Abstract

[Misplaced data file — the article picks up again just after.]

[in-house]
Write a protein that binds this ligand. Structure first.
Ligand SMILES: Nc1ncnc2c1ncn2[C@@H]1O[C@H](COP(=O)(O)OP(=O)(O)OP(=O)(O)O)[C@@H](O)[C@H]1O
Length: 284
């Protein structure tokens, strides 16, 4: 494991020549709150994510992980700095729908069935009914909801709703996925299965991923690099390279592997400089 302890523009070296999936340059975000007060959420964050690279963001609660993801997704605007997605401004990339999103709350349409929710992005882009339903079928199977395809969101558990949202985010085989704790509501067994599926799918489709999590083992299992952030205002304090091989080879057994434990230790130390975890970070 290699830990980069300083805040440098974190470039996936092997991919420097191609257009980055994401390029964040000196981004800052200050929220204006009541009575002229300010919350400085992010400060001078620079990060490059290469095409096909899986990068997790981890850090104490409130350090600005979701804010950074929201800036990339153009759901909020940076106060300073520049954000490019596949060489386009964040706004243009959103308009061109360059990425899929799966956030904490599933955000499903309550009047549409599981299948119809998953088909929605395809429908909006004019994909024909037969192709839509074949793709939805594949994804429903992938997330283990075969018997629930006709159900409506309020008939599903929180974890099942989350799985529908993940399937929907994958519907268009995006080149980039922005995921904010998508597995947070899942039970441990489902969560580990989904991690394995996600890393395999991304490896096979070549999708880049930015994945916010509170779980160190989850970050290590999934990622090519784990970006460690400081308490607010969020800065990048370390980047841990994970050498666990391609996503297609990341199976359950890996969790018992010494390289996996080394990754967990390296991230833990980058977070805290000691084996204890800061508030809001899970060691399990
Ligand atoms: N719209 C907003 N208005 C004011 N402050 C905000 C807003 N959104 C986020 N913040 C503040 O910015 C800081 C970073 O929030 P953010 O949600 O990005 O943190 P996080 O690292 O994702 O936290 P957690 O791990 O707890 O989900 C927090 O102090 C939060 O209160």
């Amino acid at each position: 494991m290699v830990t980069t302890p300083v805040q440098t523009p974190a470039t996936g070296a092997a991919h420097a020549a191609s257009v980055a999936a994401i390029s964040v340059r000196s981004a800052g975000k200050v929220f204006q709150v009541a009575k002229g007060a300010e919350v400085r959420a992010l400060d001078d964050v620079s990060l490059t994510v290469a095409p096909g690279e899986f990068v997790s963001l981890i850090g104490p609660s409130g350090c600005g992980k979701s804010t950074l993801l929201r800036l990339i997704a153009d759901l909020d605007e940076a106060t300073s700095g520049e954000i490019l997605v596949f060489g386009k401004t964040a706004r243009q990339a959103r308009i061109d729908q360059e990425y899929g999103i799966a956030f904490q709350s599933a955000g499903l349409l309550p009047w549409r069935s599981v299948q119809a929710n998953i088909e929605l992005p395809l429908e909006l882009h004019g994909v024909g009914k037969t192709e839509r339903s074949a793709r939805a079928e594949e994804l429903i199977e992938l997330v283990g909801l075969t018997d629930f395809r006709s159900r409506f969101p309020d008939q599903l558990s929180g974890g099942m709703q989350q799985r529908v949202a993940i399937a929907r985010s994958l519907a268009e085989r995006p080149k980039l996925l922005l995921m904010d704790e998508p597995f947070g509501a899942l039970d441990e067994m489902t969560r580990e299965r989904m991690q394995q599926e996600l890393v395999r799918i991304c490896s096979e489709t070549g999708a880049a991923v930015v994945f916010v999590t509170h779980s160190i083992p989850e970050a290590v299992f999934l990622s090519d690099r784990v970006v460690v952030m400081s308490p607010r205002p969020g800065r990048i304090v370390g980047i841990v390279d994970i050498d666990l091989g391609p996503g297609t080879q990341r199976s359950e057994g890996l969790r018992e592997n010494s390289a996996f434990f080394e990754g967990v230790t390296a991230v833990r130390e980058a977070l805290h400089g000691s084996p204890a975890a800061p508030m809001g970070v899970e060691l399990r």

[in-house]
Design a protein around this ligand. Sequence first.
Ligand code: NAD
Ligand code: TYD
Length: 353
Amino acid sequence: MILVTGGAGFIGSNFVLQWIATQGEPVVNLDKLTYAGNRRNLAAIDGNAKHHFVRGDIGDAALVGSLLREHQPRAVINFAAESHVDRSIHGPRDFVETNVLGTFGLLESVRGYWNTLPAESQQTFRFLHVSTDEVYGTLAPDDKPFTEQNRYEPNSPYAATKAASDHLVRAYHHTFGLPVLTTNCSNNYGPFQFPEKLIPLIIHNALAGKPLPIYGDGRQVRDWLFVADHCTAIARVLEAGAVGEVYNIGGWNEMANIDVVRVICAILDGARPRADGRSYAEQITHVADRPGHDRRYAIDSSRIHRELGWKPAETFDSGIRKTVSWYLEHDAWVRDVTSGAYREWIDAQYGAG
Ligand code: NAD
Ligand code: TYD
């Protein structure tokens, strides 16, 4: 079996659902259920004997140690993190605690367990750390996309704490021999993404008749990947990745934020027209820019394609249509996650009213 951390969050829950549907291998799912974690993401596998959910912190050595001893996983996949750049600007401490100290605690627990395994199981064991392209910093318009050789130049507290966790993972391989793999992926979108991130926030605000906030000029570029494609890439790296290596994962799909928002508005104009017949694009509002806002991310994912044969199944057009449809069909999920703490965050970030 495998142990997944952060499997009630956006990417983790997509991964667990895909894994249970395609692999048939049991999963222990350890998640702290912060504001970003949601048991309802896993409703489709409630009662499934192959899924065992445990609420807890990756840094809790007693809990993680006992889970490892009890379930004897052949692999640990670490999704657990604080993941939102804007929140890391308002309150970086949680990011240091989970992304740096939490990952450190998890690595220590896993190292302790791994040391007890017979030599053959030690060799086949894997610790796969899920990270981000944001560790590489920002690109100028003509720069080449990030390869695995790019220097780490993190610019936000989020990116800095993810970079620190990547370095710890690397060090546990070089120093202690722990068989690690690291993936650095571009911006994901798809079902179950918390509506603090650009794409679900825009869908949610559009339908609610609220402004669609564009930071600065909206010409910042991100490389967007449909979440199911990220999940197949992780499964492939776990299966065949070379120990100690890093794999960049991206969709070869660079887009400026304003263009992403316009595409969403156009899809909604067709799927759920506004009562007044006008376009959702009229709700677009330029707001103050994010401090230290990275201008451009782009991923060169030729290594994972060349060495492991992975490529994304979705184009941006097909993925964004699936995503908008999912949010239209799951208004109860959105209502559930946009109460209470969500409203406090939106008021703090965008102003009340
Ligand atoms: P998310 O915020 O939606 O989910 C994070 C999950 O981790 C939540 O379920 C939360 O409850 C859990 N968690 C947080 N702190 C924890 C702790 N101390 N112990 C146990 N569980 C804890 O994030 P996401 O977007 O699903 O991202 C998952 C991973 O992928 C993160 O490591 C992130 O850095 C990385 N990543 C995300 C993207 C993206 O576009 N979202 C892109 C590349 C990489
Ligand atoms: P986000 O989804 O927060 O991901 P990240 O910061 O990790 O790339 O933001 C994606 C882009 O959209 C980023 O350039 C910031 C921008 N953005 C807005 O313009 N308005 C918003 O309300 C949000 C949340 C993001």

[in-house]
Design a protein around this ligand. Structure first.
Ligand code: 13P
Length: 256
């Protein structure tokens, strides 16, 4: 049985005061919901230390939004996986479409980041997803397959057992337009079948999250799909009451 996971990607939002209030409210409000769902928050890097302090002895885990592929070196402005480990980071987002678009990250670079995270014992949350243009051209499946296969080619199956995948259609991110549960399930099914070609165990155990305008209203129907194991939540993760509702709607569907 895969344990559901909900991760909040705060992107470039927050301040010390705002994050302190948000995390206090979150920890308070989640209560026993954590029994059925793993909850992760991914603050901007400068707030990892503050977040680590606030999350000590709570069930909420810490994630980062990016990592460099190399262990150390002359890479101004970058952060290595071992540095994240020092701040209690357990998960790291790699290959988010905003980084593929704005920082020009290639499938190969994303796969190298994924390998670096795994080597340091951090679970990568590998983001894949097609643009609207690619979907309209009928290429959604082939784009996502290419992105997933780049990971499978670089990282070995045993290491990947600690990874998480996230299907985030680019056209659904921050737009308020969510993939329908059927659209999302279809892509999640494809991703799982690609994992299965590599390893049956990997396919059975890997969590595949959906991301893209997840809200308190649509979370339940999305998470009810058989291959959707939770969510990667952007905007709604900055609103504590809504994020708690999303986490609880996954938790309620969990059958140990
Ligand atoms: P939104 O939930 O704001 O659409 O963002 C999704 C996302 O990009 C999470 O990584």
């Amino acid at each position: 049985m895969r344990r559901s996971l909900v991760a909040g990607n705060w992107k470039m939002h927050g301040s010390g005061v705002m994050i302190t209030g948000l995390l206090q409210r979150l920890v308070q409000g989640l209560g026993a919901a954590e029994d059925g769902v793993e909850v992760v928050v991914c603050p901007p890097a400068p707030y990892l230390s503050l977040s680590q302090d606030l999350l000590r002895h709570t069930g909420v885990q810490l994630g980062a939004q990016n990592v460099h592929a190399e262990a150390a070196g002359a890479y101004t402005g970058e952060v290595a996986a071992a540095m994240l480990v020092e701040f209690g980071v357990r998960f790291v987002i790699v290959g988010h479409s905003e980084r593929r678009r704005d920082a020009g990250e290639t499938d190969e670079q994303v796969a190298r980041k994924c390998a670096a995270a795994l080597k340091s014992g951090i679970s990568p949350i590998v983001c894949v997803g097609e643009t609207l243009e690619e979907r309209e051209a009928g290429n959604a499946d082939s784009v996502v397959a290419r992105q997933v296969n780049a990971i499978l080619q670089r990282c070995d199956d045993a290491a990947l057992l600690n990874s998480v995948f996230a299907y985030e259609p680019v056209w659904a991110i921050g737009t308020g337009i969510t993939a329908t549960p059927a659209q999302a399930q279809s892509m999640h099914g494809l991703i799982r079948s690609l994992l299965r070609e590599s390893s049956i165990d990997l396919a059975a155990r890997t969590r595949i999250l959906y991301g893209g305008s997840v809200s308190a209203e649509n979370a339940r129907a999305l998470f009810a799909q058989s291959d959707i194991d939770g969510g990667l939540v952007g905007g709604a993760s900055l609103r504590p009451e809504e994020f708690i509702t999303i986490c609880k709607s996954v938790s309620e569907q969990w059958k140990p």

Marine terrace geometries provide a useful means to interpret the rate and style of uplift along emergent shorelines. In southern California, coastal uplift has been linked to activity on blind thrust or reverse faults. Two marine wave-cut platforms were identified in geotechnical investigations at the Getty Villa museum complex in Pacific Palisades, CA. Reconstruction of the late Quaternary geomorphic history at the Getty Villa allows assignment of the upper platform to the ∼320 ka oxygen-isotope Stage 9 Malibu terrace of W. M. Davis and P. W. Birkeland. The lower terrace is interpreted to be the ∼125 ka (Stage 5e) Pacific Palisades platform of J. T. McGill. The wave-cut platforms at the Getty Villa have been uplifted, tilted seaward, and possibly warped. They record late Quaternary uplift at a rate of about 0.3 mm/year and progressive seaward tilting at a rate of about 1°/40 ka since 320 ka. The elevations and geometries of the platforms differ markedly from earlier interpretations, necessitating a reinterpretation of marine terrace geometries throughout much of the Pacific Palisades area. The observed pattern of uplift and tilting suggests the Santa Monica Mountains blind thrust fault of J. F. Dolan and colleagues as the probable source of coastal uplift in this area since 320 ka. Only the central portion of the fault appears significantly active, however. Application of moment magnitude (M) regression equations of Dolan and colleagues indicate that the active portion is capable of generating M 7.0 earthquakes at a recurrence interval of about 6,800 years.

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